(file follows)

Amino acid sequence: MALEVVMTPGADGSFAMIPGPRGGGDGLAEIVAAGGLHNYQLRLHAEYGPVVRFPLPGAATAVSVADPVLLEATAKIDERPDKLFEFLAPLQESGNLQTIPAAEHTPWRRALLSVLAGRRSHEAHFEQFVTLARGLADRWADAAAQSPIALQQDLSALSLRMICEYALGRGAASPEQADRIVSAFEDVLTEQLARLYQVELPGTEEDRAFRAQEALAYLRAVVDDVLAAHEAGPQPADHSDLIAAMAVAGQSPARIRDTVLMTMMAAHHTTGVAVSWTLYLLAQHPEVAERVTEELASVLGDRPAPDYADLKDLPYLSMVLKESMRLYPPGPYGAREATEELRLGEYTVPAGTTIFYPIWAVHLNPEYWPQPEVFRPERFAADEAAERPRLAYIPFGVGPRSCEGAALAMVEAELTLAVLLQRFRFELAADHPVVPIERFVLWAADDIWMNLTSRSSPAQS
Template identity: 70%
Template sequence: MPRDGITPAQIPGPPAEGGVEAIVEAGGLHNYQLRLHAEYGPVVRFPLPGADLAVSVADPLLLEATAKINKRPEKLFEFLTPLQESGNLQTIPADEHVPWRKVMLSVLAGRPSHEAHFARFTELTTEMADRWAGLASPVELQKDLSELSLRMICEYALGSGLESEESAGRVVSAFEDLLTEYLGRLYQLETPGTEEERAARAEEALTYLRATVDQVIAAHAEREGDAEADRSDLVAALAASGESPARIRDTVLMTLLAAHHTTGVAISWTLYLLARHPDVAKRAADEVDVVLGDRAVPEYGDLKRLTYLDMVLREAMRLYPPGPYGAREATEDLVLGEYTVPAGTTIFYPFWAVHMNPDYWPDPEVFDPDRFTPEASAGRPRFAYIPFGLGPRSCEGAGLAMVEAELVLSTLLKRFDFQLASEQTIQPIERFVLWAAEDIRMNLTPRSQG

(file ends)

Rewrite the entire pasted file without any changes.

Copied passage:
Amino acid sequence: MALEVVMTPGADGSFAMIPGPRGGGDGLAEIVAAGGLHNYQLRLHAEYGPVVRFPLPGAATAVSVADPVLLEATAKIDERPDKLFEFLAPLQESGNLQTIPAAEHTPWRRALLSVLAGRRSHEAHFEQFVTLARGLADRWADAAAQSPIALQQDLSALSLRMICEYALGRGAASPEQADRIVSAFEDVLTEQLARLYQVELPGTEEDRAFRAQEALAYLRAVVDDVLAAHEAGPQPADHSDLIAAMAVAGQSPARIRDTVLMTMMAAHHTTGVAVSWTLYLLAQHPEVAERVTEELASVLGDRPAPDYADLKDLPYLSMVLKESMRLYPPGPYGAREATEELRLGEYTVPAGTTIFYPIWAVHLNPEYWPQPEVFRPERFAADEAAERPRLAYIPFGVGPRSCEGAALAMVEAELTLAVLLQRFRFELAADHPVVPIERFVLWAADDIWMNLTSRSSPAQS
Template identity: 70%
Template sequence: MPRDGITPAQIPGPPAEGGVEAIVEAGGLHNYQLRLHAEYGPVVRFPLPGADLAVSVADPLLLEATAKINKRPEKLFEFLTPLQESGNLQTIPADEHVPWRKVMLSVLAGRPSHEAHFARFTELTTEMADRWAGLASPVELQKDLSELSLRMICEYALGSGLESEESAGRVVSAFEDLLTEYLGRLYQLETPGTEEERAARAEEALTYLRATVDQVIAAHAEREGDAEADRSDLVAALAASGESPARIRDTVLMTLLAAHHTTGVAISWTLYLLARHPDVAKRAADEVDVVLGDRAVPEYGDLKRLTYLDMVLREAMRLYPPGPYGAREATEDLVLGEYTVPAGTTIFYPFWAVHMNPDYWPDPEVFDPDRFTPEASAGRPRFAYIPFGLGPRSCEGAGLAMVEAELVLSTLLKRFDFQLASEQTIQPIERFVLWAAEDIRMNLTPRSQG